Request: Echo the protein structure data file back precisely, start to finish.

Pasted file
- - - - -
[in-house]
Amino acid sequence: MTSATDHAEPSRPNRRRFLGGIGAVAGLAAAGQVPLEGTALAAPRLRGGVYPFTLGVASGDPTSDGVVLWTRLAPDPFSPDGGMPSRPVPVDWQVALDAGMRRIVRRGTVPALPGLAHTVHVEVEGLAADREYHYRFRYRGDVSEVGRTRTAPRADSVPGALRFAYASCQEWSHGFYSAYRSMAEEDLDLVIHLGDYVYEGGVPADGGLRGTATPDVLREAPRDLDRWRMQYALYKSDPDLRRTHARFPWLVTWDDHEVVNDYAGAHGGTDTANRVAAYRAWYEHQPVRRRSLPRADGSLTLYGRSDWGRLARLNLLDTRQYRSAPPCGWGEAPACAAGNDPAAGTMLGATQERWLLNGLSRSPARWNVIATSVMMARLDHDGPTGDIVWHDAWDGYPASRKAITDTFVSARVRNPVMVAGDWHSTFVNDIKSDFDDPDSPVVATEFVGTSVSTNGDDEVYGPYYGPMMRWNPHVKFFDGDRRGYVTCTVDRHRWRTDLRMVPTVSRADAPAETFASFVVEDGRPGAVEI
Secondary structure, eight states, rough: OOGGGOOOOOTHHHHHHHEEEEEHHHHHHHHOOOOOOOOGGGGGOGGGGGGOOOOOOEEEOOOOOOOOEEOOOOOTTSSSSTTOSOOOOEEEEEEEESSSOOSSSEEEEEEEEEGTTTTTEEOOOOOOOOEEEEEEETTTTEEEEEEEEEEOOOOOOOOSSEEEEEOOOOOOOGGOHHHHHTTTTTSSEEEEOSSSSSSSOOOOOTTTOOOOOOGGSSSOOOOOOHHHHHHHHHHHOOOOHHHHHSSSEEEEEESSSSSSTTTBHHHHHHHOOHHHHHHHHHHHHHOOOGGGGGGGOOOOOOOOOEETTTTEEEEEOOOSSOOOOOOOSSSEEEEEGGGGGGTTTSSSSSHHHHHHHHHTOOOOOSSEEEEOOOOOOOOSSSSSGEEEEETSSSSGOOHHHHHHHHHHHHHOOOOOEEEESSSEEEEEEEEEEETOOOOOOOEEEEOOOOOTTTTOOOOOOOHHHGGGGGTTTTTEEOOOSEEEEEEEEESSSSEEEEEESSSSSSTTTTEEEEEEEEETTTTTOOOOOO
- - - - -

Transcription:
[in-house]
Amino acid sequence: MTSATDHAEPSRPNRRRFLGGIGAVAGLAAAGQVPLEGTALAAPRLRGGVYPFTLGVASGDPTSDGVVLWTRLAPDPFSPDGGMPSRPVPVDWQVALDAGMRRIVRRGTVPALPGLAHTVHVEVEGLAADREYHYRFRYRGDVSEVGRTRTAPRADSVPGALRFAYASCQEWSHGFYSAYRSMAEEDLDLVIHLGDYVYEGGVPADGGLRGTATPDVLREAPRDLDRWRMQYALYKSDPDLRRTHARFPWLVTWDDHEVVNDYAGAHGGTDTANRVAAYRAWYEHQPVRRRSLPRADGSLTLYGRSDWGRLARLNLLDTRQYRSAPPCGWGEAPACAAGNDPAAGTMLGATQERWLLNGLSRSPARWNVIATSVMMARLDHDGPTGDIVWHDAWDGYPASRKAITDTFVSARVRNPVMVAGDWHSTFVNDIKSDFDDPDSPVVATEFVGTSVSTNGDDEVYGPYYGPMMRWNPHVKFFDGDRRGYVTCTVDRHRWRTDLRMVPTVSRADAPAETFASFVVEDGRPGAVEI
Secondary structure, eight states, rough: OOGGGOOOOOTHHHHHHHEEEEEHHHHHHHHOOOOOOOOGGGGGOGGGGGGOOOOOOEEEOOOOOOOOEEOOOOOTTSSSSTTOSOOOOEEEEEEEESSSOOSSSEEEEEEEEEGTTTTTEEOOOOOOOOEEEEEEETTTTEEEEEEEEEEOOOOOOOOSSEEEEEOOOOOOOGGOHHHHHTTTTTSSEEEEOSSSSSSSOOOOOTTTOOOOOOGGSSSOOOOOOHHHHHHHHHHHOOOOHHHHHSSSEEEEEESSSSSSTTTBHHHHHHHOOHHHHHHHHHHHHHOOOGGGGGGGOOOOOOOOOEETTTTEEEEEOOOSSOOOOOOOSSSEEEEEGGGGGGTTTSSSSSHHHHHHHHHTOOOOOSSEEEEOOOOOOOOSSSSSGEEEEETSSSSGOOHHHHHHHHHHHHHOOOOOEEEESSSEEEEEEEEEEETOOOOOOOEEEEOOOOOTTTTOOOOOOOHHHGGGGGTTTTTEEOOOSEEEEEEEEESSSSEEEEEESSSSSSTTTTEEEEEEEEETTTTTOOOOOO